Dublin’s rivals jostle to avoid league final booby prize

No county showing much interest in taking on record-breakers on eve of championship

Donegal and Monaghan: It may be time to ban these teams from playing each other for a while. Photograph: Trevor Lucy/Presseye/Inpho

Donegal and Monaghan: It may be time to ban these teams from playing each other for a while. Photograph: Trevor Lucy/Presseye/Inpho

 

Wanted: Smart, ambitious young men to take on unbeatable team in national final. Losses incurred at your own risk.

So does anybody want this? Dublin’s obliteration of Roscommon on Saturday night, a 21-point victory which gave them the outright GAA record for games unbeaten (35 and counting), led manager Jim Gavin to say he was “happy”. And he didn’t mean in a Pharrell Williams sense: he just meant that he was content his team are playing okay for March. So what sort of win or performance for Gavin to declare himself over the moon?

This question may be rattling around the minds of those managers and teams vying for the dubious reward of a place in the league final against the reigning league and All-Ireland champions. Sunday’s results leave just two league points separating Donegal, Monaghan (both on eight), Tyrone (seven) and Mayo and Kerry (six) going into the final round of the league next Sunday.

Mayo’s dramatic reversal of fortune, going into the bear pit in Omagh and emerging with a 1-10 to 0-12 win, was the big result in Division One Sunday. Kevin McLoughlin fired a 73rd-minute winning point to ease the relegation worries which have been hanging over the team.

“I probably think it was close to championship intensity,” said manager Stephen Rochford.

“Other teams have probably been a pitch ahead of us in some of the battles. We are edging towards there, but you know, you won’t be reflecting too much on this game, sort of using that to prep towards next week because that Donegal game, indications are it’s a massive game.”

Black tae and dry toast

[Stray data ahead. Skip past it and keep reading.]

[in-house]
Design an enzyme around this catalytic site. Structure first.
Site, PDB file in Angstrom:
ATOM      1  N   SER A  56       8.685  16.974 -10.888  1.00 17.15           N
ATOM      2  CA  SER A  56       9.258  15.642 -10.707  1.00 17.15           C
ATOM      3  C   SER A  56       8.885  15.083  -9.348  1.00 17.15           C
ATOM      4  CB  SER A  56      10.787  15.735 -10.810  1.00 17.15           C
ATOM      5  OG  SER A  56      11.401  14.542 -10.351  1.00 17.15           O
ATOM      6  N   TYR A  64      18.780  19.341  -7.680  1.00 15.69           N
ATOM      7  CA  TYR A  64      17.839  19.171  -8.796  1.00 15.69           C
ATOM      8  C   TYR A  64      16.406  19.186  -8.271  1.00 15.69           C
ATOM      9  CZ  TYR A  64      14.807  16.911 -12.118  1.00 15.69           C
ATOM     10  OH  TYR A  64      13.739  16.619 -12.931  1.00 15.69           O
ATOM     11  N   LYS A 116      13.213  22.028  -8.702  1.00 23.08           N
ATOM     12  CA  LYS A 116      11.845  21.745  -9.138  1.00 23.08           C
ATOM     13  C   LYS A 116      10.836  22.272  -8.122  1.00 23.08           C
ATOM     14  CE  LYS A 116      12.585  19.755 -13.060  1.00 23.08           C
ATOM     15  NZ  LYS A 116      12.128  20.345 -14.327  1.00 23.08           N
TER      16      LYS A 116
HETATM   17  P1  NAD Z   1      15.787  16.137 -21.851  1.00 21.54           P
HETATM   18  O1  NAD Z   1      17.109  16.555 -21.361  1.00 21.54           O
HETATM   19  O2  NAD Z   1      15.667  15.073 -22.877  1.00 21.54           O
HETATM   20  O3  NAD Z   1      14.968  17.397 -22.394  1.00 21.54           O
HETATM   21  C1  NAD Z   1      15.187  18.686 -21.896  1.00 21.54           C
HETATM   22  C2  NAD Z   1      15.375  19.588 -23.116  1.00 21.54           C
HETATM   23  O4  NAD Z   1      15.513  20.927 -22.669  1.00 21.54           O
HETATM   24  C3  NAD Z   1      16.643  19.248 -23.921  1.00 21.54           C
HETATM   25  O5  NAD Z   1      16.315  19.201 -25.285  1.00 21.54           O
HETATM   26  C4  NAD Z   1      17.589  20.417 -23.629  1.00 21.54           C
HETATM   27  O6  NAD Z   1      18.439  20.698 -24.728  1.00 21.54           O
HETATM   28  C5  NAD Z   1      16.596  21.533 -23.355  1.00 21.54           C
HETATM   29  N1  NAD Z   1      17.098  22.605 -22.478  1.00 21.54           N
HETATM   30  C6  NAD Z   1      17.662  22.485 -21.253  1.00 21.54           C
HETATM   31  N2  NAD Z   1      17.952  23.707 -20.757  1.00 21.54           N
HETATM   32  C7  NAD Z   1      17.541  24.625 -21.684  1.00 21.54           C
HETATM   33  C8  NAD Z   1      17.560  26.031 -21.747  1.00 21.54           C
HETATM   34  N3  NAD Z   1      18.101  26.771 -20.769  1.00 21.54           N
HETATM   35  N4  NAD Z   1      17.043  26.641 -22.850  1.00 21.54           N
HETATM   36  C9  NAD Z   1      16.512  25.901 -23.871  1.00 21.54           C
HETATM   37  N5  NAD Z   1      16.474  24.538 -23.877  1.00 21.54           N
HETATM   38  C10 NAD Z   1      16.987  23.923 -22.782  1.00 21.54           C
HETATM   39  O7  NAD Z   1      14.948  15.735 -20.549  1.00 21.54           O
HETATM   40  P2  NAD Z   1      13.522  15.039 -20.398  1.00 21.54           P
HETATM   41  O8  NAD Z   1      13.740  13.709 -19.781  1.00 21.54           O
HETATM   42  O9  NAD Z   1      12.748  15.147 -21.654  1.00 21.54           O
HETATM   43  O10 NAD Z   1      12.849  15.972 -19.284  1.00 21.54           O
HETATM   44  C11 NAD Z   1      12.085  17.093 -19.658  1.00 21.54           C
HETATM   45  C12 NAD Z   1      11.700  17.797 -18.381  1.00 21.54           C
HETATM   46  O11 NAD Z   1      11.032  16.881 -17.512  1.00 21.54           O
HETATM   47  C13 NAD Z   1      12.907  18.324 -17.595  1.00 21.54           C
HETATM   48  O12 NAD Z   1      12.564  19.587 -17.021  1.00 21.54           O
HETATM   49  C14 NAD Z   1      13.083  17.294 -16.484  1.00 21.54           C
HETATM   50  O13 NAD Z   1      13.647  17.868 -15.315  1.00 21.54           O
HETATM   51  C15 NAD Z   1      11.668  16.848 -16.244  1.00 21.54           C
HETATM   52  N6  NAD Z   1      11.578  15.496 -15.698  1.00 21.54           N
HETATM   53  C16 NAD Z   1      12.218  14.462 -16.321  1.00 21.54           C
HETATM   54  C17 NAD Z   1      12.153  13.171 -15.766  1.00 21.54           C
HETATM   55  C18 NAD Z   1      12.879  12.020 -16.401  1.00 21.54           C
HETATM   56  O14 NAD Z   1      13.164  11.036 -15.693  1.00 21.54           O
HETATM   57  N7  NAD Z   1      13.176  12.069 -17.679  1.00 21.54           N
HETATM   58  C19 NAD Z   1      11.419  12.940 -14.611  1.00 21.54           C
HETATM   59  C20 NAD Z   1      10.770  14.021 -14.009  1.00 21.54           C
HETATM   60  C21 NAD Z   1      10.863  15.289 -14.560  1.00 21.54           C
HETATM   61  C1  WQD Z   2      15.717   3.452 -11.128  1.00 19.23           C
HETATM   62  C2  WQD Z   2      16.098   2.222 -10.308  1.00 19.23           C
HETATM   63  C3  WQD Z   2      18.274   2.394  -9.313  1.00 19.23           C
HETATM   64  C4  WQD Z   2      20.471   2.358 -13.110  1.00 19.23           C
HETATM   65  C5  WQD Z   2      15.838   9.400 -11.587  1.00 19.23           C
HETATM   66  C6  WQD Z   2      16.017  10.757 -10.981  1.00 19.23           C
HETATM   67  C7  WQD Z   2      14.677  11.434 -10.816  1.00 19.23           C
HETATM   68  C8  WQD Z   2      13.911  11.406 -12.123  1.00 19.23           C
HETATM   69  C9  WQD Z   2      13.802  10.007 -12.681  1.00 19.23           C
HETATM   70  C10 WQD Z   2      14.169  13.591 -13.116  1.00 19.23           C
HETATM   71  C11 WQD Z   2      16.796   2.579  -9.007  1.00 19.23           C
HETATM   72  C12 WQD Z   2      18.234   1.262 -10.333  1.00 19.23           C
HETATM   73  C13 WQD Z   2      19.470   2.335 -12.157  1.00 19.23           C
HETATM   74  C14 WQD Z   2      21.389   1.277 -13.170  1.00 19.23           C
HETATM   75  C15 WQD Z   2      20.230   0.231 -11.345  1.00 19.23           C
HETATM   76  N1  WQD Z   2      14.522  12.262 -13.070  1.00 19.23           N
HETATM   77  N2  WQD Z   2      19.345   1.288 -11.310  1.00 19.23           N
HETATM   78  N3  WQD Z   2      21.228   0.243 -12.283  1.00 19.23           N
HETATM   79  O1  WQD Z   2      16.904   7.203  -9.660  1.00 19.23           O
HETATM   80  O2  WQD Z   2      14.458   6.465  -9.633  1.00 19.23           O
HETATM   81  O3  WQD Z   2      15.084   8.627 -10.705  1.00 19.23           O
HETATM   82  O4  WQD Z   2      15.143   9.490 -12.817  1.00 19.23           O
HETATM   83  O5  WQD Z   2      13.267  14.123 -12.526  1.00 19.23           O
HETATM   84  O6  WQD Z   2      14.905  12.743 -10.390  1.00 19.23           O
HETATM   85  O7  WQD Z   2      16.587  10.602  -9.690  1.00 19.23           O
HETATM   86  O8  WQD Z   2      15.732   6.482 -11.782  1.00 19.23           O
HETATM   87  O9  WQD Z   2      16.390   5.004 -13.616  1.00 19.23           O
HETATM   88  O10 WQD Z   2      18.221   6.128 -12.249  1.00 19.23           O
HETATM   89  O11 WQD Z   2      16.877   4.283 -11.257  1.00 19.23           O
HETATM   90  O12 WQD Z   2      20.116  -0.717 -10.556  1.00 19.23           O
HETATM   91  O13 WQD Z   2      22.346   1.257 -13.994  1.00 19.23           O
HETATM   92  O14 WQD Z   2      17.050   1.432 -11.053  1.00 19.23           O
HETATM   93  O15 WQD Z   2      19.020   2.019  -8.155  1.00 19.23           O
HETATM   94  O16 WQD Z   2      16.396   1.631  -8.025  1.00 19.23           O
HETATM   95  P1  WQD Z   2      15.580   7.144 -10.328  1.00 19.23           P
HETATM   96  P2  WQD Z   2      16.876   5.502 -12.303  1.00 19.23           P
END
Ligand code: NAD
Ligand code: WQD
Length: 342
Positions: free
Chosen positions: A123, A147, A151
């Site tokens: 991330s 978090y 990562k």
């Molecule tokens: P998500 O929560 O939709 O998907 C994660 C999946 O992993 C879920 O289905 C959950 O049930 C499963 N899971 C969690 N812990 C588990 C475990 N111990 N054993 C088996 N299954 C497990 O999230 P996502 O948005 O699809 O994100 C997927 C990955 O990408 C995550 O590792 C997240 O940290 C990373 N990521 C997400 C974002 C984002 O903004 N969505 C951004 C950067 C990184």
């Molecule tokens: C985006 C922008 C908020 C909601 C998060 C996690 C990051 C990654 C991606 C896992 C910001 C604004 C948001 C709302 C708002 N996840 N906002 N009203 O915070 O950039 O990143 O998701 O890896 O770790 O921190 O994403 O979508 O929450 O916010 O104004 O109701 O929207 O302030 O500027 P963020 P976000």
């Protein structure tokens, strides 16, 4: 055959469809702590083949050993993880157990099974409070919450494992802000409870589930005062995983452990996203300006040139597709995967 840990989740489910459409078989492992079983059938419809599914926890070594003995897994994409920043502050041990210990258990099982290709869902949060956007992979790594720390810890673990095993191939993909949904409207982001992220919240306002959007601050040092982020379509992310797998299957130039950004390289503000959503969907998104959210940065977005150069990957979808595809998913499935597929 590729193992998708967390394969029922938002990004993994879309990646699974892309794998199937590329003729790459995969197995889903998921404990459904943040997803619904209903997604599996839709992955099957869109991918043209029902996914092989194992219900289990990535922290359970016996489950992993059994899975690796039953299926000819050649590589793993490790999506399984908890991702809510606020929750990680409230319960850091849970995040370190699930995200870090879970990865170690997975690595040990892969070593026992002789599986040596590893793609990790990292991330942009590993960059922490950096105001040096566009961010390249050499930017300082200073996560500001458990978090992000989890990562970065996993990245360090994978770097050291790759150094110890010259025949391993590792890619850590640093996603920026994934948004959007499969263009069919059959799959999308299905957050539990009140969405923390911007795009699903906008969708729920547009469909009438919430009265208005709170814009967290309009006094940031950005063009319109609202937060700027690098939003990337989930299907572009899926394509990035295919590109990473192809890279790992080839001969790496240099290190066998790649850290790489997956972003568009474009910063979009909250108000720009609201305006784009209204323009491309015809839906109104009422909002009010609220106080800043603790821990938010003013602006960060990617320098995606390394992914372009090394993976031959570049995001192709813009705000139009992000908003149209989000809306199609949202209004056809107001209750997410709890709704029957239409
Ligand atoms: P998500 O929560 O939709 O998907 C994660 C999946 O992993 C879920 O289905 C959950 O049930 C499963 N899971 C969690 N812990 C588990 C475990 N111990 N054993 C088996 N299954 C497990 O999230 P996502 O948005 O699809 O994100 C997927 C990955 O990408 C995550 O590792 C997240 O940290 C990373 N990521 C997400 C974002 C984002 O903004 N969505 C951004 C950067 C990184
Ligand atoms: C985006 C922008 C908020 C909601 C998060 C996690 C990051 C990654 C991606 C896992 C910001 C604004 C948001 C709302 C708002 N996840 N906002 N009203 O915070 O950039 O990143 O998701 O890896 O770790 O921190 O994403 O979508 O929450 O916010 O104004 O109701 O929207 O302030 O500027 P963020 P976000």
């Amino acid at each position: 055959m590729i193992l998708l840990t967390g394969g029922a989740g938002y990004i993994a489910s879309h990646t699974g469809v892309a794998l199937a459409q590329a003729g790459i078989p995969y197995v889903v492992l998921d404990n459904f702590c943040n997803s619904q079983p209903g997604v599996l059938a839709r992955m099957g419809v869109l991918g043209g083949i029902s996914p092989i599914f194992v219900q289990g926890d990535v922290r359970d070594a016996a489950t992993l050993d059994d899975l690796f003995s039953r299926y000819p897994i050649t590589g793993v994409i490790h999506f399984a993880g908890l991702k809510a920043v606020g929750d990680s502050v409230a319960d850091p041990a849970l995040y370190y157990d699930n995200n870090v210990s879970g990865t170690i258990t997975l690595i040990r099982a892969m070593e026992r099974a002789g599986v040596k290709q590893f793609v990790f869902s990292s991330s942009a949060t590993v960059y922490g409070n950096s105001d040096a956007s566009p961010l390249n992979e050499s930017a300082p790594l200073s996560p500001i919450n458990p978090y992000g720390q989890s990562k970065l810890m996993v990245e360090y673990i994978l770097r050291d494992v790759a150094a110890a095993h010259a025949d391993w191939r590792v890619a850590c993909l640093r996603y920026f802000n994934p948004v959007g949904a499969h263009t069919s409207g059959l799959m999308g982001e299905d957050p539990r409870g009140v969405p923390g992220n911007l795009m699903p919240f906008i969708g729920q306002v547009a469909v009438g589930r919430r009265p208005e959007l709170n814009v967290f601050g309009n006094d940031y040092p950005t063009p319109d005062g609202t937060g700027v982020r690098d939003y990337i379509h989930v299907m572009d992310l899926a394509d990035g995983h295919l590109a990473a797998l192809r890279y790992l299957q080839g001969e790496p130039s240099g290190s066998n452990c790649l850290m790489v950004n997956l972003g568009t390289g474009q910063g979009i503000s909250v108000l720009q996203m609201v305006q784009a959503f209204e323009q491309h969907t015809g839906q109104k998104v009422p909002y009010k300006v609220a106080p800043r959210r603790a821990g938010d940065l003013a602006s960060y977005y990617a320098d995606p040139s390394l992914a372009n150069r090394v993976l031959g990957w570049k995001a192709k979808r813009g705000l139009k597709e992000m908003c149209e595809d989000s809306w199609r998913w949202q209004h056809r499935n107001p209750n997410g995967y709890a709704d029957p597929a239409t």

Donegal had Monaghan beaten in Ballyshannon but still couldn’t win the game. It may be time to ban these teams from playing each other for a while. If you sent the Donegal and Monaghan teams to Restaurant Patrick Guilbaud, they’d chuck the à la carte menu away and order black tae and dry toast. It’s all they know when they meet.

It was the usual crack here: black cards, hard hits, wides fired under pressure, no room to breathe and occasional glimpse of aesthetic and athletic brilliance. It hurts just to watch Donegal and Monaghan play: it must be crucifying to participate.

The one thing I will say about the boys is that it is a great trait to have, to never give up and to keep going, so no matter what team we are playing

Monaghan’s Ryan McAnespie was stretchered off early with concussion; Donegal’ s Ryan McHugh was carried off 10 minutes before time with an ankle injury. Others departed looking weary and sore before Conor McManus rescued a draw for Monaghan, at 1-11 apiece, with a 70th-minute penalty.

“The one thing I will say about the boys is that it is a great trait to have, to never give up and to keep going, so no matter what team we are playing, they would feel that,” praised Malachy O’Rourke. “That we are not going to lie down and accept it, that we will keep fighting until the end.”

That’s never in doubt and having pulled a joker card on Donegal yet again, Monaghan will quietly relish the arrival of Dublin to Clones next week. Whether they want to then play them in a league final is another matter. Both O’Rourke and Donegal manager Rory Gallagher both stressed that they had set no targets for this league.

Remorseless march

Kerry’s fitful form continues: having spurned a chance to kill Dublin’s remorseless march through time and all counties just a week ago, they coughed up an injury-time free with which Seanie Johnston fired Cavan to a famous home draw.

“Of course it’s frustrating,” allowed Éamonn Fitzmaurice. “And I’m sure the lads are frustrated as well. We had been going well the last number of weeks and came close to winning last weekend and you’d like to see that graph continue upwards. But the big thing from our point of view is that we didn’t lose the game. And Cavan, to their credit, made it very hard on us.”

Barring an unlikely sequence of results next weekend, Kerry’s draw in Cavan deprives the public of another Kerry-Dublin chapter in the league final. That probably suits the Kingdom just fine. Dublin have been rampant in league finals over the past four years. Facing them at any time is a daunting task but with the provincial championships looming, it is hard to identify any team that desperately wants to be there. They might as well draw straws

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